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  1. #1
    SitePoint Wizard rozner's Avatar
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    .NET books for Java developers

    Hello,

    I've been devloping in Java for a long time, and devloping for the web even longer. So I want to learn .NET now. I've already done some small applications with C# although nothing really for the web. I'm looking for a book (or maybe 2) on .NET, more focused on the web aspect of .NET. I'd appreciate any recommendations on books. I already know C# is very similar to Java so I don't need anything that's super detailed on C#. Also I'm typically interested in technical details. While practical examples are nice I still like to know how things work. So I'm looking for a book that covers both.

    Thanks
    Matt

  2. #2
    Follow Me On Twitter: @djg gold trophysilver trophybronze trophy Dan Grossman's Avatar
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    Have you taken a look at SitePoint's book about this?

    Build Your Own ASP.NET 3.5 Web Site Using C# & VB, 3rd Edition

  3. #3
    SitePoint Wizard rozner's Avatar
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    I've considered that one, it looks pretty good although I'm worried it might be too basic. I could be wrong on that but like I said I'm interested in technical details.

  4. #4
    Follow Me On Twitter: @djg gold trophysilver trophybronze trophy Dan Grossman's Avatar
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    Technical details are the things you look up in API/library documentation and not books, aren't they?

    Especially when we're talking about Microsoft, which likes to replace a library every day.

  5. #5
    SitePoint Mentor NightStalker-DNS's Avatar
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    Well, i would highly recommend that book. it starts at the basics yes, but you need to know that as yes, the syntax is similar, but you will need to learn the basics of asp.net and its pipeline to get an understanding on how its all put together. Make that ur 1st book and move on from there.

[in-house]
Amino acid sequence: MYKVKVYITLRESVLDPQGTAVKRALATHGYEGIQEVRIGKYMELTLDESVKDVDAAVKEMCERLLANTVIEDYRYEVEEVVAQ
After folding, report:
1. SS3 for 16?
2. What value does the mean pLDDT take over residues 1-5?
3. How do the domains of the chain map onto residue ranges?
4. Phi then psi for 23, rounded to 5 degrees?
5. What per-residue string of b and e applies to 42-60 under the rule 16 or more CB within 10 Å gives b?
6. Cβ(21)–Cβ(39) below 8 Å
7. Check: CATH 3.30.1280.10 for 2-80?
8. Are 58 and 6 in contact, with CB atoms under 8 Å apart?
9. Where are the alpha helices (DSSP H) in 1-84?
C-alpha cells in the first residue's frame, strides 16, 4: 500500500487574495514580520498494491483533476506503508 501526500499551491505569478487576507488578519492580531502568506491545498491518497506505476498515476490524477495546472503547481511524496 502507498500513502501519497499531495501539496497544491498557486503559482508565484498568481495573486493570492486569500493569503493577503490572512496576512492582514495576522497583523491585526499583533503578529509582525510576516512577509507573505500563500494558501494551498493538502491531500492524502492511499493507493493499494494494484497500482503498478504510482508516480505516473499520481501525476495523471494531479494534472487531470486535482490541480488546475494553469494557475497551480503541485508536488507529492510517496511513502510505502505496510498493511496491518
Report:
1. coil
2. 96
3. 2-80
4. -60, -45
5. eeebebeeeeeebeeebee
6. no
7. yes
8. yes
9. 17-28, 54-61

Thats just my 2c on the subject

  6. #6
    SitePoint Wizard rozner's Avatar
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    Quote Originally Posted by Dan Grossman View Post
    Technical details are the things you look up in API/library documentation and not books, aren't they?

    Especially when we're talking about Microsoft, which likes to replace a library every day.
    Agreed, although I wasn't quite referring to APIs when I meant technical details, more about the inner workings of things. But I think I might take a look at this book anyway.

  7. #7
    SitePoint Enthusiast
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    This should help:

    http://msdn.microsoft.com/en-us/rampup/bb421266.aspx

    And try not to be distracted by the ramblings of infantile Microsoft knockers ;-)

  8. #8
    Follow Me On Twitter: @djg gold trophysilver trophybronze trophy Dan Grossman's Avatar
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    Quote Originally Posted by IrishChieftain View Post
    And try not to be distracted by the ramblings of infantile Microsoft knockers ;-)
    I hope you're not referring to anyone in this thread?

  9. #9
    SitePoint Enthusiast
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    Talking

    Quote Originally Posted by Dan Grossman View Post
    I hope you're not referring to anyone in this thread?
    It's a forum isn't it? If you're going to come out with fatuous statements like that, then back them up. If Microsoft is too progressive in its development of libraries for you, then what pray tell are you doing giving advice in a .NET forum on one hand, and knocking it to a newbie on the other?

  10. #10
    ALT.NET - because we need it silver trophybronze trophy dhtmlgod's Avatar
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    I would recommend C# in Depth (http://www.amazon.com/C-Depth-What-n...3847395&sr=1-2) and the C# via CLR (http://www.amazon.com/CLR-via-Second.../dp/0735621632) for good books on C# but Dan is right, MSDN is your friend. To make your life easier, you might want to checkout MSDN lowband, alot nicer to use: http://msdn.microsoft.com/en-gb/libr...t(loband).aspx

  11. #11
    SitePoint Wizard rozner's Avatar
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    Quote Originally Posted by dhtmlgod View Post
    I would recommend C# in Depth (http://www.amazon.com/C-Depth-What-n...3847395&sr=1-2) and the C# via CLR (http://www.amazon.com/CLR-via-Second.../dp/0735621632) for good books on C# but Dan is right, MSDN is your friend. To make your life easier, you might want to checkout MSDN lowband, alot nicer to use: http://msdn.microsoft.com/en-gb/library/default(loband).aspx
    The second book sounds more like what I was looking for. I think I may grab both of these since my company is paying for it. They're also a lot cheaper than I expected so it shouldn't be an issue for them.


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